Now that we are reborn, as I have said, in the likeness of our Lord, and have indeed been adopted by God as his children, let us put on the complete image of our Creator so as to be wholly like him, not in the glory that he alone possesses, but in innocence, simplicity, gentleness, patience, humility, mercy, harmony, those qualities in which he chose to become, and to be, one with us.
Jesu, Thou Joy of loving hearts,
Thou Fount of life, Thou Light of men,
From the best bliss that earth imparts,
We turn unfilled to Thee again.
Thy truth unchanged hath ever stood;
Thou savest those that on Thee call;
To them that seek Thee Thou art good,
To them that find Thee all in all.
We taste Thee, O Thou living Bread,
And long to feast upon Thee still;
We drink of Thee, the Fountainhead,
And thirst our souls from Thee to fill.
Our restless spirits yearn for Thee,
Wherever our changeful lot is cast;
Glad when Thy gracious smile we see,
Blessed when our faith can hold Thee fast.
O Jesus, ever with us stay,
Make all our moments calm and bright;
Chase the dark night of sin away,
Shed over the world Thy holy light.
Bernard of Clairvaux, 12th Century (Jesu dulcis memoria); tr. Ray Palmer, 1858
How blessed, how fortunate, are those servants whom the Lord will find watchful when he comes. Blessed is the time of waiting when we stay awake for the Lord, the Creator of the universe, who fills all things and transcends all things.
How I wish he would awaken me, his humble servant, from the sleep of slothfulness, even though I am of little worth. How I wish he would enkindle me with that fire of divine love. The flames of his love burn beyond the stars; the longing for his overwhelming delights and the divine fire ever burn within me!
How I wish I might deserve to have my lantern always burning at night in the temple of my Lord, to give light to all who enter the house of my God. Give me, I pray you, Lord, in the name of Jesus Christ, your Son and my God, that love that does not fail so that my lantern, burning within me and giving light to others, may be always lighted and never extinguished.
Jesus, our most loving Savior, be pleased to light our lanterns, so that they may burn for ever in your temple, receiving eternal light from you, the eternal light, to lighten our darkness and to ward off from us the darkness of the world.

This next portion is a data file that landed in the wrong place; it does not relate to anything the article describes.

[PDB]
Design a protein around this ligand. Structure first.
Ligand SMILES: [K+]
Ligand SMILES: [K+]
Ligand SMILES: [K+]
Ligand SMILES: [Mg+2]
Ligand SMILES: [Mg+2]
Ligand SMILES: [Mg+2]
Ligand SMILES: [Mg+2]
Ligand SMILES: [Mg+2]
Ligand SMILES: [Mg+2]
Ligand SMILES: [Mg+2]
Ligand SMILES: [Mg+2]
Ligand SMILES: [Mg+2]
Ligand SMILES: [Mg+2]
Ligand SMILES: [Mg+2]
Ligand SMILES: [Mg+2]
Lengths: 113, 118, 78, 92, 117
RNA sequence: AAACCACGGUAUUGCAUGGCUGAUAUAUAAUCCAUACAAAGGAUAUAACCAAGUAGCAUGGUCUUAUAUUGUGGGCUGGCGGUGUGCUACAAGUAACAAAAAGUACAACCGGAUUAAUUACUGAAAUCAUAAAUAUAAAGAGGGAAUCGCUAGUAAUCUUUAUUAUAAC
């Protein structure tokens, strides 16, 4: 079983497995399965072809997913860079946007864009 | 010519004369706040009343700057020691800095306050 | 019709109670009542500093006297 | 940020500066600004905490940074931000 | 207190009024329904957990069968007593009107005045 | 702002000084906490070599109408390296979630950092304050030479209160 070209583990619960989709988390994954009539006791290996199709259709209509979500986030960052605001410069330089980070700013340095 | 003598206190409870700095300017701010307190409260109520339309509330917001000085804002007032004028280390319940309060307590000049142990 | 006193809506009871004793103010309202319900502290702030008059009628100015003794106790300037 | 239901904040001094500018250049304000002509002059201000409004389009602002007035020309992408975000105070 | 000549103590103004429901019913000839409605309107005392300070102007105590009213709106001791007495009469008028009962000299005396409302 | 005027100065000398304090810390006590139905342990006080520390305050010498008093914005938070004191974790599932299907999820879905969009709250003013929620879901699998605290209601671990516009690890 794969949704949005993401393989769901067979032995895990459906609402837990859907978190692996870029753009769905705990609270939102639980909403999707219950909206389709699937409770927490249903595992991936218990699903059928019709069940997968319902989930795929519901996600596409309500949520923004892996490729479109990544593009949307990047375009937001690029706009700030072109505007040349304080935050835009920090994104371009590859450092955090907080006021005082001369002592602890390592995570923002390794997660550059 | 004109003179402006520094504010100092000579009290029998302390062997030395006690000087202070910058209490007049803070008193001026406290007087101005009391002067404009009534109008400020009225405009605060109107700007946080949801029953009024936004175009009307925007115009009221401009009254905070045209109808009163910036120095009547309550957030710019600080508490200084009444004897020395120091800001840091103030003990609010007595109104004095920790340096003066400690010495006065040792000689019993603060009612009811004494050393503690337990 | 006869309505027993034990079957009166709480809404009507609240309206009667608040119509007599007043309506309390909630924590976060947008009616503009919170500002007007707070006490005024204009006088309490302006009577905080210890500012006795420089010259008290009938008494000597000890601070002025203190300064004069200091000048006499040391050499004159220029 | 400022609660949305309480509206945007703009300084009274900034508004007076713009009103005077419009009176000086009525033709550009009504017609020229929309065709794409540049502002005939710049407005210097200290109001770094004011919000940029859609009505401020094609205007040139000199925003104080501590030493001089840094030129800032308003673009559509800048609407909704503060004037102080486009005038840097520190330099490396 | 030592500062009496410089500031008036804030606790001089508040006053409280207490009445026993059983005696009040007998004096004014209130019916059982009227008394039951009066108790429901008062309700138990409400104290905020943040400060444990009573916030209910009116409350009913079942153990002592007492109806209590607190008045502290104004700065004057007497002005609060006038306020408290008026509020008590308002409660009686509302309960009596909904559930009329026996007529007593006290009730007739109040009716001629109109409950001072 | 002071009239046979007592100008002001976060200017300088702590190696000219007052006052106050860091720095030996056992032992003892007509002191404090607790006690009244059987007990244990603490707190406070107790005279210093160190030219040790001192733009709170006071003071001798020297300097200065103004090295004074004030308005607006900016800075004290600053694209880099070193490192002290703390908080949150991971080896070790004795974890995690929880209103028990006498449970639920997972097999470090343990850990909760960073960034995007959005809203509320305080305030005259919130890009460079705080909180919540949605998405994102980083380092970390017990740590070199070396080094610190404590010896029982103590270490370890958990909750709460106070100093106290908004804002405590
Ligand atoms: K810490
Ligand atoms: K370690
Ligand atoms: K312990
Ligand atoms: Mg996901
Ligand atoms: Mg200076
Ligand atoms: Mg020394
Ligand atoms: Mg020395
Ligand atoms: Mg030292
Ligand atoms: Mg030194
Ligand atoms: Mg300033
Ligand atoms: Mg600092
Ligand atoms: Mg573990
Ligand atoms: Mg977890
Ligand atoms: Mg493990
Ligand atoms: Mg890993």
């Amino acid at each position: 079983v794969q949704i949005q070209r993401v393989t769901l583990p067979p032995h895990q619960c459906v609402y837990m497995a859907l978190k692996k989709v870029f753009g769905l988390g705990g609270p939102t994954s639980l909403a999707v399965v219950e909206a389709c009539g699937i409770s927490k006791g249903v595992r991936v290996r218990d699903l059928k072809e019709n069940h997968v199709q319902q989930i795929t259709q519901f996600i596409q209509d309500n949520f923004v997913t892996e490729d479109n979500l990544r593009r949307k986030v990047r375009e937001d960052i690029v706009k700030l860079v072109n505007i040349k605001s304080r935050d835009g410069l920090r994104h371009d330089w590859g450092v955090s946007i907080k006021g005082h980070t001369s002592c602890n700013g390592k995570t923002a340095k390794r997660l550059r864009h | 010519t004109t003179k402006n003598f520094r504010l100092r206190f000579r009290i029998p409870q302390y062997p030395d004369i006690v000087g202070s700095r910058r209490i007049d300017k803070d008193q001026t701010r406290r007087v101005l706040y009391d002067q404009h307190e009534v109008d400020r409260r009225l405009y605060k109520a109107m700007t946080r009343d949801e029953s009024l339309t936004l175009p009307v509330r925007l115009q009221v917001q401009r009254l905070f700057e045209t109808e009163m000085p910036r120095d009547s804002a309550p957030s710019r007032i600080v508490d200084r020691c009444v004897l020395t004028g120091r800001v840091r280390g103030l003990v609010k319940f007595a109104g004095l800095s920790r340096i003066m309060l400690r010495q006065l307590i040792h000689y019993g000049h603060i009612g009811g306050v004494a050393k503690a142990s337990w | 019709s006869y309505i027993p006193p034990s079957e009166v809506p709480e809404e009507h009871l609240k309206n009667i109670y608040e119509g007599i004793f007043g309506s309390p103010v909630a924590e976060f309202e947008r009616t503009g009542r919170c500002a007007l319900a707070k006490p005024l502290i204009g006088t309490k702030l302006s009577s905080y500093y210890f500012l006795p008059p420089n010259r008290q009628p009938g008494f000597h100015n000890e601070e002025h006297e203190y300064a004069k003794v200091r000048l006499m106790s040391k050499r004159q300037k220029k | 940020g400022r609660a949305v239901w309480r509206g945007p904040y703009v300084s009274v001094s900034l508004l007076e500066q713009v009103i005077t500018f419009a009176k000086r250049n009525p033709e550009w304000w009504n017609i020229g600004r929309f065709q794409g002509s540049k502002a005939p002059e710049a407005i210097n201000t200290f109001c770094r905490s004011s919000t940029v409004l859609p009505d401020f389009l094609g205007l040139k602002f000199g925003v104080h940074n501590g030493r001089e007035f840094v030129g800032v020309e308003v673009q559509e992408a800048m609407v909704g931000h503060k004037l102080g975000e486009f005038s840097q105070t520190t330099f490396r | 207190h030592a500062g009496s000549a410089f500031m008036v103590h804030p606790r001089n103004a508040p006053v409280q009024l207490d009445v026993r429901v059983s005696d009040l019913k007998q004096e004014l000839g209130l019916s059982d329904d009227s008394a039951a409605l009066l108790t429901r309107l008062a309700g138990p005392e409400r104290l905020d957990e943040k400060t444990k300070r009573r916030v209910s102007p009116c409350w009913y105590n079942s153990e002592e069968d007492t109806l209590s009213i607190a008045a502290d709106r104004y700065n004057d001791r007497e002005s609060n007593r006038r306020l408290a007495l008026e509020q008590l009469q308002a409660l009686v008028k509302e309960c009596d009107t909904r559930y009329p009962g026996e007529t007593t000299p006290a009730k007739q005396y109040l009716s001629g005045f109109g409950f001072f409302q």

Give your light to my lantern, I beg you, my Jesus, so that by its light I may see that holy of holies which receives you as the eternal priest entering among the columns of your great temple. May I ever see you only, look on you, long for you; may I gaze with love on you alone, and have my lantern shining and burning always in your presence.
Loving Savior, be pleased to show yourself to us who knock, so that in knowing you we may love only you, love you alone, desire you alone, contemplate only you day and night, and always think of you. Inspire in us the depth of love that is fitting for you to receive as God. So may your love pervade our whole being, possess us completely, and fill all our senses, that we may know no other love but love for you who are everlasting. May our love be so great that the many waters of sky, land and sea cannot extinguish it in us: many waters could not extinguish love.
May this saying be fulfilled in us also, at least in part, by your gift, Jesus Christ, our Lord, to whom be glory for ever and ever. Amen.
From an instruction by Saint Columban, abbot
Light everlasting in the temple of the eternal high priest
Crying Whát I dó is me: for that I came.
Keeps grace: thát keeps all his goings graces;
Acts in God’s eye what in God’s eye he is —
Chríst — for Christ plays in ten thousand places,
Lovely in limbs, and lovely in eyes not his
To the Father through the features of men’s faces.
For all their faults, one thing that a saint is, in the classical sense of the word, is someone who takes the gospel seriously – even literally. Jesus says to the rich young man, “sell up and give all your possessions to the poor”, so St Francis takes him at his word and presents himself naked in the town square. Jesus says ‘love your enemies’, and so Etty Hillesum attempts to love the Nazi camp officers as human beings, with families and real emotions. This is the very essence of sainthood, and the very essence of radical discipleship. And whilst it seems unrealistic to expect the rest of the church to follow suit, what these saints do, argues [Phyllis] McGinley, is rebuke us in our moderation.
Referring to the radicality of the gospel McGinley notes that these are
soul-stirring slogans which most of us absent-mindedly attend to and admire as we admire lofty phrases. We even try to follow them in moderation. We agree that charity covers a multitude of sins and besides is deductible on the Income Tax. We comfort the afflicted in committee or subscribe to a fund for the relief of earthquake victims a hemisphere away. We take flowers to the hospital, speak with friendship to the folk next door, and give away our old clothes to the deprived.
But the saints, I repeat, are not moderate.